The National Association of State Chief Information Officers (NASCIO) released their list of best practices at their annual conference in Austin, Texas last week. I think the entire list of submissions deserves more attention by federal, state and local technology pros. The list of best practice recipients, as well as the other finalists in each category, can be found at the NASCIO award web site.
In my opinion, the list of thirty top submissions (three in each of the ten categories) should become required reading for government technology professionals nationwide. No, I'm not talking about the summaries, but the full (six page) write-ups. These projects offer the right mix of people, process and technology innovation which is essential to program success.
From enhanced drivers licenses to electronic disease surveillance systems to state portal widgets, the business return on investments are impressive. As I read these documents, I can't help being impressed by both the creativity and effectiveness of these IT teams. I urge you to take the time and at least look at the list and pass the write-ups along to the right staff within your organization.
What are your thoughts on these state best practices?
Daniel J. Lohrmann is an internationally recognized cybersecurity leader, technologist, keynote speaker and author.
During his distinguished career, he has served global organizations in the public and private sectors in a variety of executive leadership capacities, receiving numerous national awards including: CSO of the Year, Public Official of the Year and Computerworld Premier 100 IT Leader.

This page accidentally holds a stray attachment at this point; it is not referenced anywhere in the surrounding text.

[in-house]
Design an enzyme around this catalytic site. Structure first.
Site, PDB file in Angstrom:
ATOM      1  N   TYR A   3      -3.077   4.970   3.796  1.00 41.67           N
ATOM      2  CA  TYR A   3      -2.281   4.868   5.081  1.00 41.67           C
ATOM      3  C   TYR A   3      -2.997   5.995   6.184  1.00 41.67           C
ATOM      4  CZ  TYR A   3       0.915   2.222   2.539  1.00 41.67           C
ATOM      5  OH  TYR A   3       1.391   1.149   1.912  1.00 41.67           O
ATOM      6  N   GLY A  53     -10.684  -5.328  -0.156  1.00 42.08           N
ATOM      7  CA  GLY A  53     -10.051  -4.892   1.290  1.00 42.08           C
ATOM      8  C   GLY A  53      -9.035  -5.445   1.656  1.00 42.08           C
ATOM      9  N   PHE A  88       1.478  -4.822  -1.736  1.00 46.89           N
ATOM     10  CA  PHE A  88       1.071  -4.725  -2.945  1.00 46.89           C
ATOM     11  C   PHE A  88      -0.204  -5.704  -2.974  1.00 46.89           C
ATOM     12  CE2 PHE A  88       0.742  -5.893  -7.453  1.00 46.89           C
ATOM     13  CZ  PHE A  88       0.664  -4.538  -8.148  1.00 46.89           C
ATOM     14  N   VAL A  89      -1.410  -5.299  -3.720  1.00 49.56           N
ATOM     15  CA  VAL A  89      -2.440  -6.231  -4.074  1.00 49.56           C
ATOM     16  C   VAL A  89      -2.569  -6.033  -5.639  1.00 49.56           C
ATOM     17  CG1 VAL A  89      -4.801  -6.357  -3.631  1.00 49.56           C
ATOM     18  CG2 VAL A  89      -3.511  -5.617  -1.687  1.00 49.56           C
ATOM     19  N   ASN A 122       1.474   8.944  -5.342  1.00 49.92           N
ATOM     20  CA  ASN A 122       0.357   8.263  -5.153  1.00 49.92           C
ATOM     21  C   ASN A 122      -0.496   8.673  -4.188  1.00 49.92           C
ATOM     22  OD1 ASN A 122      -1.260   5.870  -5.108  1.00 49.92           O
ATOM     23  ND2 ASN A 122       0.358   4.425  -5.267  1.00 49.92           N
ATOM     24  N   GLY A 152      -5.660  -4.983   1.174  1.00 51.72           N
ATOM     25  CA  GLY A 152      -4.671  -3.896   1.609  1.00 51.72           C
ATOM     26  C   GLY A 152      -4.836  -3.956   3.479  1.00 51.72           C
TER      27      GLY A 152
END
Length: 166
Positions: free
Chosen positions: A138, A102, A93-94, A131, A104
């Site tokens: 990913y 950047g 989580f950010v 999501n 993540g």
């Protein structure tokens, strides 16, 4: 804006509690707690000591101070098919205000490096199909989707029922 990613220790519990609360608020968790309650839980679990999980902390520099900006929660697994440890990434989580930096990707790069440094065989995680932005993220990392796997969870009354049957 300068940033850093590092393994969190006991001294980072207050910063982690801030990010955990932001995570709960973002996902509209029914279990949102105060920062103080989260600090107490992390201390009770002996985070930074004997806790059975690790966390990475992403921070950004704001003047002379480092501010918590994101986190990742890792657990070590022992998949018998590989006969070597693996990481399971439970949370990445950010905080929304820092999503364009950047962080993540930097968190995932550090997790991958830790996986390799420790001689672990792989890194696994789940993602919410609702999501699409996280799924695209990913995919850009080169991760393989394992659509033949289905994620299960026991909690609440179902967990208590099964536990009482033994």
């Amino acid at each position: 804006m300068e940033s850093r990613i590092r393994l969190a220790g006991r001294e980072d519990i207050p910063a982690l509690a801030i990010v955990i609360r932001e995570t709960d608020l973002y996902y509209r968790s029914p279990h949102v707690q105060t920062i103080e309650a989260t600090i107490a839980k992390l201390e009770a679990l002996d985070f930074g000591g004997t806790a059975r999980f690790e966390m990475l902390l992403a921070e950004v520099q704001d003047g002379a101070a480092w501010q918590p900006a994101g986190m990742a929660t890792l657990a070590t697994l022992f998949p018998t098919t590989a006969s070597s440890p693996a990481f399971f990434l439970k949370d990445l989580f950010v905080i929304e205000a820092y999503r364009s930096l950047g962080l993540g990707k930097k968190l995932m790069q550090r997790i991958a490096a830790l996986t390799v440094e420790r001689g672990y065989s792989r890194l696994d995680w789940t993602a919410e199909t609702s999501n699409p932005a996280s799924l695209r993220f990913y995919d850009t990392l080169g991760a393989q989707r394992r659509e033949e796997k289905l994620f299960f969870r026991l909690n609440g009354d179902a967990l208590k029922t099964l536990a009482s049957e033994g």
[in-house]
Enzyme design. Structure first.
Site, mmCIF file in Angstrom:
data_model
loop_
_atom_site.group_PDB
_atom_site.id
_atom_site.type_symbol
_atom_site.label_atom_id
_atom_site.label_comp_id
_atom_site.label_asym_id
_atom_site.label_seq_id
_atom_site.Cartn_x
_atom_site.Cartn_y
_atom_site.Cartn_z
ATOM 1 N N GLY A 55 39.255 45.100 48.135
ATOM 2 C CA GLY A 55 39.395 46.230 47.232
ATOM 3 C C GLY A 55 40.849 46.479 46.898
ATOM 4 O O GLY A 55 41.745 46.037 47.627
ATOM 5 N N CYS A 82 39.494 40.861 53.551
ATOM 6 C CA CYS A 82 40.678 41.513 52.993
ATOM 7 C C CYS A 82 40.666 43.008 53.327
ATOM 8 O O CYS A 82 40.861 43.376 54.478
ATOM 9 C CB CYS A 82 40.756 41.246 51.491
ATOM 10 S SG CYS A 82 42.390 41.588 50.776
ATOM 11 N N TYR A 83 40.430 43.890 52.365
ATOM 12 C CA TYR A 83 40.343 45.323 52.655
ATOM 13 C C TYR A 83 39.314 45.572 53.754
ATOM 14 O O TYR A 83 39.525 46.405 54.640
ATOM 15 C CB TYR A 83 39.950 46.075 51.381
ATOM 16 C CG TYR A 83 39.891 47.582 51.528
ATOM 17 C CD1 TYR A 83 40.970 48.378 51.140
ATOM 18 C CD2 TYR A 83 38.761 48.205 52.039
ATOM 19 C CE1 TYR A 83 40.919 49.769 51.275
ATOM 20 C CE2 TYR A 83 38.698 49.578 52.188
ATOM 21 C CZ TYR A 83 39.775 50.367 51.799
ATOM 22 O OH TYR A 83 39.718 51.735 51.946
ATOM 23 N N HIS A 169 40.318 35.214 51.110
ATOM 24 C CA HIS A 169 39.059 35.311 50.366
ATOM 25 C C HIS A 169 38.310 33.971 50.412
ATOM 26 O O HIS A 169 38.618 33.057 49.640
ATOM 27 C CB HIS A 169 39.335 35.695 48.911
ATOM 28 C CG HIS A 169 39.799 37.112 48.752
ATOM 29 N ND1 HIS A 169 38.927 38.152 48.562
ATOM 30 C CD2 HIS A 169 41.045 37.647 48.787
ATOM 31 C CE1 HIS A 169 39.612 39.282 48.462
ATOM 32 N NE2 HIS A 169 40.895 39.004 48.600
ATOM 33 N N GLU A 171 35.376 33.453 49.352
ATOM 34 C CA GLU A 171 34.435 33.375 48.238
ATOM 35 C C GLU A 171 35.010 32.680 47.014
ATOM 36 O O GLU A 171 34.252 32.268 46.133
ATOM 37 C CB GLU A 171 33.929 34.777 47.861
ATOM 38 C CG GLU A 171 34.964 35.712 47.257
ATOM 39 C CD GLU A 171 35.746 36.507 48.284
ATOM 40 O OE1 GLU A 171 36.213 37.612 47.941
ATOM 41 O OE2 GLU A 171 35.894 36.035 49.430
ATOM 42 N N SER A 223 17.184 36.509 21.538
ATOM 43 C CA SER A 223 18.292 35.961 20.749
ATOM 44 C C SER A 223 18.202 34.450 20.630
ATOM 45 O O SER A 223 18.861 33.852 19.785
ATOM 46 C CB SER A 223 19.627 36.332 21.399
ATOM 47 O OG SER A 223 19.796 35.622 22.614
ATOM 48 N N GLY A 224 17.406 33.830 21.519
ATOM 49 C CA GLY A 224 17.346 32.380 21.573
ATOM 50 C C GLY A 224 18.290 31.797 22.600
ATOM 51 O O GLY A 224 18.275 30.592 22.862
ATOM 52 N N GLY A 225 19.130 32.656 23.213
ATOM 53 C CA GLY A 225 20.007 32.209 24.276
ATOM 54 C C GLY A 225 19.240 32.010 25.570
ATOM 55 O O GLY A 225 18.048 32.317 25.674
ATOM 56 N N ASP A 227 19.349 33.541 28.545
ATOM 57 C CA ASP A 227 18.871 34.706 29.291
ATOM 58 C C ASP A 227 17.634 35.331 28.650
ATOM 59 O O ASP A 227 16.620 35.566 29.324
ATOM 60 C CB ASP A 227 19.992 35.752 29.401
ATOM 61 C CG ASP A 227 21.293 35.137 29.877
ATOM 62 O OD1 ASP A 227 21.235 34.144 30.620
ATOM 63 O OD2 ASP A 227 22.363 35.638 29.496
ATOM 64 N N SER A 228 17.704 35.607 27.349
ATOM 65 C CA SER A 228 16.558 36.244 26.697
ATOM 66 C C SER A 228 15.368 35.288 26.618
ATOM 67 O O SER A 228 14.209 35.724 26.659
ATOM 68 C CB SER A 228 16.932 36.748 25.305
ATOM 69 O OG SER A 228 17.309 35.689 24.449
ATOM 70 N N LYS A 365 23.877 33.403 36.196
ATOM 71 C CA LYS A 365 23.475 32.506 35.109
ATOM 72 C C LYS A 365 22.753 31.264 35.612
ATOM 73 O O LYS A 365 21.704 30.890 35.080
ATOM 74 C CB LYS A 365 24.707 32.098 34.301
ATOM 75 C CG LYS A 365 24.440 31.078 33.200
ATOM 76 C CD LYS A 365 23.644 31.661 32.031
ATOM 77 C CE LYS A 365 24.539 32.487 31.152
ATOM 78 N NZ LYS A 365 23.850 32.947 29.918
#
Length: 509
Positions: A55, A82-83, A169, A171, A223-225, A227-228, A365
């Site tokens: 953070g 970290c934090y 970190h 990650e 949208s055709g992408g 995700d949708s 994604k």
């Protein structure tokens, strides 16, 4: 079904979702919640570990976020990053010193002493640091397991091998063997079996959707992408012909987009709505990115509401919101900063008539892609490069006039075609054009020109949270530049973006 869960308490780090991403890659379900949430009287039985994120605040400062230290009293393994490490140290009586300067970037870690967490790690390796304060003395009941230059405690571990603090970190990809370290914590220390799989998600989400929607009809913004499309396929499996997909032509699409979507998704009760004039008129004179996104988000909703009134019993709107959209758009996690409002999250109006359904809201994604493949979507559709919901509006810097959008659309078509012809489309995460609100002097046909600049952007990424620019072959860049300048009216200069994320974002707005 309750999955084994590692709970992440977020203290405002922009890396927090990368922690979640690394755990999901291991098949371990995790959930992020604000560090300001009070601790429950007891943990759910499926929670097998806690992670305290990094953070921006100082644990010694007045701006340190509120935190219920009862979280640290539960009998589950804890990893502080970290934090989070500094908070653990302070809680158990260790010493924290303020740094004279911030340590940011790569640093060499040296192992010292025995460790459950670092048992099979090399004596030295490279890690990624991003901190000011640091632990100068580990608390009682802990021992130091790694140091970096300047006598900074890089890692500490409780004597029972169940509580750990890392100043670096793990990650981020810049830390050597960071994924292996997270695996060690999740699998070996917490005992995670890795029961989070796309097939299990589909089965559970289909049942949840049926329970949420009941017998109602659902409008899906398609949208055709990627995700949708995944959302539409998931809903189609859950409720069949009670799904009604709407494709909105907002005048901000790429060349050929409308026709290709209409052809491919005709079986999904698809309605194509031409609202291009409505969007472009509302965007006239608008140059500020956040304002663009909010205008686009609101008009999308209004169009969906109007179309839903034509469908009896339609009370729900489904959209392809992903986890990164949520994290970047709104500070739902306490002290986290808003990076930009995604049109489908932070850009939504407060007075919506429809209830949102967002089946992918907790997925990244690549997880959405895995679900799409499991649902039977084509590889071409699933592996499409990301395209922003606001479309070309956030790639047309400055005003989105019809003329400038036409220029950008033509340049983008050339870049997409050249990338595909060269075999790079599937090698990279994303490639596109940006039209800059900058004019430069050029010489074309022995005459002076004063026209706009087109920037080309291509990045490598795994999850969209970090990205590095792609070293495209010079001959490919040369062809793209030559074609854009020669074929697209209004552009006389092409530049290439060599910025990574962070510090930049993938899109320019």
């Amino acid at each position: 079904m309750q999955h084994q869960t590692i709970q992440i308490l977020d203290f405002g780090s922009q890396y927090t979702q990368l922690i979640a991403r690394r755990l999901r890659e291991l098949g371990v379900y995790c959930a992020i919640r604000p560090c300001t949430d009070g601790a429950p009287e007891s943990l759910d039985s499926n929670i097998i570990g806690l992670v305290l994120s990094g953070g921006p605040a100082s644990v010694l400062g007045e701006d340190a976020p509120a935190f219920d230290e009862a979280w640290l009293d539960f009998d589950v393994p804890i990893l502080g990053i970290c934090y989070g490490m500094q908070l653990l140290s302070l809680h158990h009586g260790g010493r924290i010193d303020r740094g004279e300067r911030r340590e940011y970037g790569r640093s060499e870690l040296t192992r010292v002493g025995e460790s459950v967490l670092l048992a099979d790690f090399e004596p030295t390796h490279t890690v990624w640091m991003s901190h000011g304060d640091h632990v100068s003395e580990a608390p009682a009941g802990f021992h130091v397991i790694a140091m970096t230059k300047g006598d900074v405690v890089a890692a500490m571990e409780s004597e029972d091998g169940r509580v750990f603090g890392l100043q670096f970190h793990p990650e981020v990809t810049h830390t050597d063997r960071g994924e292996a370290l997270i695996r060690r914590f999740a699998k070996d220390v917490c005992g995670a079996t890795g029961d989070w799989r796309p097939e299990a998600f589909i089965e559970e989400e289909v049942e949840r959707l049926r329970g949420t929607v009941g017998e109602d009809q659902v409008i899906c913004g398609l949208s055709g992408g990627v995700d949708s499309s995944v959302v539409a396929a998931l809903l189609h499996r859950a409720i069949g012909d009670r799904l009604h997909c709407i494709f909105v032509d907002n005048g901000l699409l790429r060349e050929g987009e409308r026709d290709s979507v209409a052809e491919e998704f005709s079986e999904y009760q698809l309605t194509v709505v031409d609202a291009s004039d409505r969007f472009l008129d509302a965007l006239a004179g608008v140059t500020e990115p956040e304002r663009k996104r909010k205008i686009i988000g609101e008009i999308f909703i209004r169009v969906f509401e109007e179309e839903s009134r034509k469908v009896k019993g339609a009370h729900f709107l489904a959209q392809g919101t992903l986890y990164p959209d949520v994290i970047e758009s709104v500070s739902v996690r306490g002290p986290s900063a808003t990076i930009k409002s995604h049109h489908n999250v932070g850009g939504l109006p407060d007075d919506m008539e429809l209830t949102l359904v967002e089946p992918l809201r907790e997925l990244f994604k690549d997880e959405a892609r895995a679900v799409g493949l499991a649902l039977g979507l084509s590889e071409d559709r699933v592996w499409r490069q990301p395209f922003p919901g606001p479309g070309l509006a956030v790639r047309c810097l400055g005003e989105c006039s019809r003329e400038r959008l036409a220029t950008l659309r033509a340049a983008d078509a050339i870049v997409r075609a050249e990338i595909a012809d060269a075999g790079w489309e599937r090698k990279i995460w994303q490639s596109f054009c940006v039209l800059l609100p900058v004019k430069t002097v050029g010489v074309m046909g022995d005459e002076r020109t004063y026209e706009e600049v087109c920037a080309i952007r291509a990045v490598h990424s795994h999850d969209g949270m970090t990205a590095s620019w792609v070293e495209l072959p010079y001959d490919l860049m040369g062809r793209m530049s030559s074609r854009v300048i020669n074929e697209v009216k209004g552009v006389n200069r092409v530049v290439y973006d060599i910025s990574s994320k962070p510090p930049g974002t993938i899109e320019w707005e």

Lohrmann led Michigan government’s cybersecurity and technology infrastructure teams from May 2002 to August 2014, including enterprisewide Chief Security Officer (CSO), Chief Technology Officer (CTO) and Chief Information Security Officer (CISO) roles in Michigan.
He currently serves as the Chief Security Officer (CSO) and Chief Strategist for Security Mentor Inc. He is leading the development and implementation of Security Mentor’s industry-leading cyber training, consulting and workshops for end users, managers and executives in the public and private sectors. He has advised senior leaders at the White House, National Governors Association (NGA), National Association of State CIOs (NASCIO), U.S. Department of Homeland Security (DHS), federal, state and local government agencies, Fortune 500 companies, small businesses and nonprofit institutions.
He has more than 30 years of experience in the computer industry, beginning his career with the National Security Agency. He worked for three years in England as a senior network engineer for Lockheed Martin (formerly Loral Aerospace) and for four years as a technical director for ManTech International in a US/UK military facility.
Lohrmann is the author of two books: Virtual Integrity: Faithfully Navigating the Brave New Web and BYOD for You: The Guide to Bring Your Own Device to Work. He has been a keynote speaker at global security and technology conferences from South Africa to Dubai and from Washington, D.C., to Moscow.
He holds a master's degree in computer science (CS) from Johns Hopkins University in Baltimore, and a bachelor's degree in CS from Valparaiso University in Indiana.
Follow Lohrmann on Twitter at: @govcso
Building effective virtual government requires new ideas, innovative thinking and hard work. From cybersecurity to cloud computing to mobile devices, Dan discusses what’s hot and what works in the world of gov tech.